To find out more about the causes and solutions to farmers’ difficulties: The agricultural crisis (and how to get out of it) in 4 questions.

The Catalan Forum for Peace is born, a participatory process to create Catalan public peace policy


An article from the Instituto Catalan Internacional para la Paz

The Catalan Forum for Peace  was publicly presented this Wednesday, February 14, within the framework of the Second Day of Peace held in the Parliament of Catalonia. The forum is a participatory process of reflection and debate that was born with a double objective: to create a public peace policy in Catalonia and to reinforce the agendas and social and political advocacy capacities of Catalan peace organizations.

screenshot from their website

The Catalan Forum for Peace is an initiative promoted by the Government of Catalonia, the Catalan Council for the Promotion of Peace, the ICIP and the Catalan associative network for the promotion of peace. It arises, therefore, from social and institutional collaboration, and will be developed throughout 2024 and 2025. The Forum will consist of a process of citizen participation based on five axes of debate: Culture of peace; Security and justice; Armed conflicts; Global challenges; Women, peace and security.

Coinciding with the public presentation, the website has been inaugurated, from which the participation of citizens, entities and institutions committed to the values of the culture of peace and social justice will be encouraged.

“For a public policy of peace”

The public presentation of the Catalan Forum for Peace was made during the celebration of the II Peace Day of the Parliament of Catalonia, co-organized by the Catalan chamber, the ICIP and With the title “For a public policy of peace”, the conference brought together representatives of numerous peace organizations and experts in the field of research and work for peace, as well as representatives of the Government and several city councils. and institutions.

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(Click here for the Spanish original of this article)

Questions for this article:

The culture of peace at a regional level, Does it have advantages compared to a city level?

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At the opening of the day, the vice president of the Catalan Council for the Promotion of Peace and director of the ICIP, Kristian Herbolzheimer, called on the Catalan institutions and entities committed to the values of the culture of peace and social justice to join the Catalan Forum for Peace: “it is time to open the reflection on how we understand a Catalonia in peace and on how we can contribute, from Catalonia, to peace in the world. It is time to tell each other, meet and explain to all the people, groups and institutions that we share the values of the culture of peace and that we share the commitment to a more just and supportive world.”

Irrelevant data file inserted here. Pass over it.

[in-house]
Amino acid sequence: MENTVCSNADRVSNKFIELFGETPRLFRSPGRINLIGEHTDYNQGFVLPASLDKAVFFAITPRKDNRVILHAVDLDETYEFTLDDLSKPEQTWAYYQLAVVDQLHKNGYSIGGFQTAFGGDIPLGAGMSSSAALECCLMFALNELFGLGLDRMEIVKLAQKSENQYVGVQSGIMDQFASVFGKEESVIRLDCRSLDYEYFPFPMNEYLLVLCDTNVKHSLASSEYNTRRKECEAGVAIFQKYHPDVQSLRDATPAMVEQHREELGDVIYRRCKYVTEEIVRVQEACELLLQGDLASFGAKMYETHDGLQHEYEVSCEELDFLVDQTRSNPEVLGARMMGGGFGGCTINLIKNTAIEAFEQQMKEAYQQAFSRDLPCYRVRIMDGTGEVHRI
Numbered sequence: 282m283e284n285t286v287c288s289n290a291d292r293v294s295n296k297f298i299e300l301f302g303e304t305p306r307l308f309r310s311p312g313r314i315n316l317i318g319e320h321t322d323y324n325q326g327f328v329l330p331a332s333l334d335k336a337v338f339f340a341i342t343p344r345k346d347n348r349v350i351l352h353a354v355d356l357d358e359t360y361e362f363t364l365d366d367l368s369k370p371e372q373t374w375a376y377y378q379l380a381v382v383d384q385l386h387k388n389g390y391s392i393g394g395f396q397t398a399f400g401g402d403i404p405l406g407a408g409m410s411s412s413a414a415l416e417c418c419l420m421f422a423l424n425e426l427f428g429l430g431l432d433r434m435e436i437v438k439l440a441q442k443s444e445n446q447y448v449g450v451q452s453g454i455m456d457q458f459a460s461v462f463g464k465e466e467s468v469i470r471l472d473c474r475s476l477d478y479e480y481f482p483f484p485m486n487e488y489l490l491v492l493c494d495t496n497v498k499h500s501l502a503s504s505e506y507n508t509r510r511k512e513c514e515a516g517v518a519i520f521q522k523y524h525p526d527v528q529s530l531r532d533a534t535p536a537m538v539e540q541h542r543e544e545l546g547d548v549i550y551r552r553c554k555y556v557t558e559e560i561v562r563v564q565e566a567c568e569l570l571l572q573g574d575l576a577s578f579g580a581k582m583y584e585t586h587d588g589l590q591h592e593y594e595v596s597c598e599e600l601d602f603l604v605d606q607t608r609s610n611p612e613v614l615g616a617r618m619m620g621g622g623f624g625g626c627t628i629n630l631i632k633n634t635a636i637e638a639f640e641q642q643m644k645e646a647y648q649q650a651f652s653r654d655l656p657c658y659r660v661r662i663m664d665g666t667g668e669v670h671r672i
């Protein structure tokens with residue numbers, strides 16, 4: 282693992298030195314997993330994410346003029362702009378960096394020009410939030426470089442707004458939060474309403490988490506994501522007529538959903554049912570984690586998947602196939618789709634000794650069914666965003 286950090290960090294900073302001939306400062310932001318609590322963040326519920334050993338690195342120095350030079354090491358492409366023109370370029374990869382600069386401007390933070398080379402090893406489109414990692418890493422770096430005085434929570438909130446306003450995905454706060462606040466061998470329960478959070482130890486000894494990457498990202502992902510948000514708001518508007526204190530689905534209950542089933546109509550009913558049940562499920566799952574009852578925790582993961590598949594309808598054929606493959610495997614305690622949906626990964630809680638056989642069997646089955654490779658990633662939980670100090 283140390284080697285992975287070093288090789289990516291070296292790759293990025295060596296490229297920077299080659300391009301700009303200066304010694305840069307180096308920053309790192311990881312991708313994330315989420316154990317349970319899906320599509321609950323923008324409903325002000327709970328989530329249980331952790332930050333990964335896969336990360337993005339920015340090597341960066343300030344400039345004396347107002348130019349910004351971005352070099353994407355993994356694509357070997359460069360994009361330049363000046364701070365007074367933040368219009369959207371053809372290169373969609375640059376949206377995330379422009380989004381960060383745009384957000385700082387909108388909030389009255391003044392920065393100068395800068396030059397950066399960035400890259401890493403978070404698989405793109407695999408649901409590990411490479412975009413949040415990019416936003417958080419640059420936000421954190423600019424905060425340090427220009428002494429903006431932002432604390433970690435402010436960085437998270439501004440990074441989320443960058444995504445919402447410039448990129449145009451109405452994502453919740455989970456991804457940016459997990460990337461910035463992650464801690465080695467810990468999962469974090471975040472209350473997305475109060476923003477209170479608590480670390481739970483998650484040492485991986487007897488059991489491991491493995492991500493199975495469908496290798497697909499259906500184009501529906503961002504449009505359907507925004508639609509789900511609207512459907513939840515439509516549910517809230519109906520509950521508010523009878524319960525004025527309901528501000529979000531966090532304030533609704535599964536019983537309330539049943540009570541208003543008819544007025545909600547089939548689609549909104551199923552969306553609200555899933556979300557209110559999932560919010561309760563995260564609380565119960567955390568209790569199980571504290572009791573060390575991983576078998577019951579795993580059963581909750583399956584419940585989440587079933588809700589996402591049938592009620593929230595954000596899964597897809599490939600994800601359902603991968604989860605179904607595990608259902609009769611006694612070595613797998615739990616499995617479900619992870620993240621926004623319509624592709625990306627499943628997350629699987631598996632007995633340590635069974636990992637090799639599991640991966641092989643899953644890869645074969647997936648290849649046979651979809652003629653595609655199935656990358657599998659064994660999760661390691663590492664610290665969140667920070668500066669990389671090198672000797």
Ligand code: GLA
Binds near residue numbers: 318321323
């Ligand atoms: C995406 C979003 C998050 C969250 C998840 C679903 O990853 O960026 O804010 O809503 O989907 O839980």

For her part, the president of, Arés Perceval , highlighted that the Catalan Forum for Peace must allow “the design of a public peace policy endorsed by all parliamentary groups, a pending subject” and added that the process also “It has to serve us to strengthen the movement for peace and nonviolence that we lead from civil society.”

The day was inaugurated by the president of the Parliament of Catalonia, Anna Erra , who highlighted the tradition of promoting peace in Catalonia, a “country of peace” that “has not hesitated to embrace the values of democracy and freedoms.” fundamental.” In her intervention, Erra predicted that the Catalan Forum for Peace will help strengthen the culture of peace, “become a useful tool for the international community,” and “shape some responses based on the collective intelligence of the country.”

The day included two round tables: the first focused on the challenges and opportunities for peace in the context of global threats, and the second was dedicated to the five axes of debate that will guide the Catalan Forum for Peace. when the participatory process begins, in the month of April. Carme Colomina , CIDOB researcher ; Luca Gervasoni , director of NOVACT; Maria Josep Parés , consultant; Jesús Vinyes , president of the School Council of Catalonia; Nora Miralles , president of the Delàs Center; Albert Caramés , director of FundiPau; Jordi Armadans , journalist and political scientist; and Blanca Camps , researcher at the Autonomous University of Barcelona.

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Johan Galtung: In Memoriam


An article by Nils Petter Gleditsch in the website of the Peace Research Institute of Oslo

Johan Galtung passed away this morning (February 17). He was born in 1930 on 24 October, the same day that 15 years later would see the founding of the United Nations. There is something symbolic about having the same birthday as the UN. As a researcher, Galtung’s orientation was unusually international. An excellent linguist, he was well-travelled and made his home in several countries.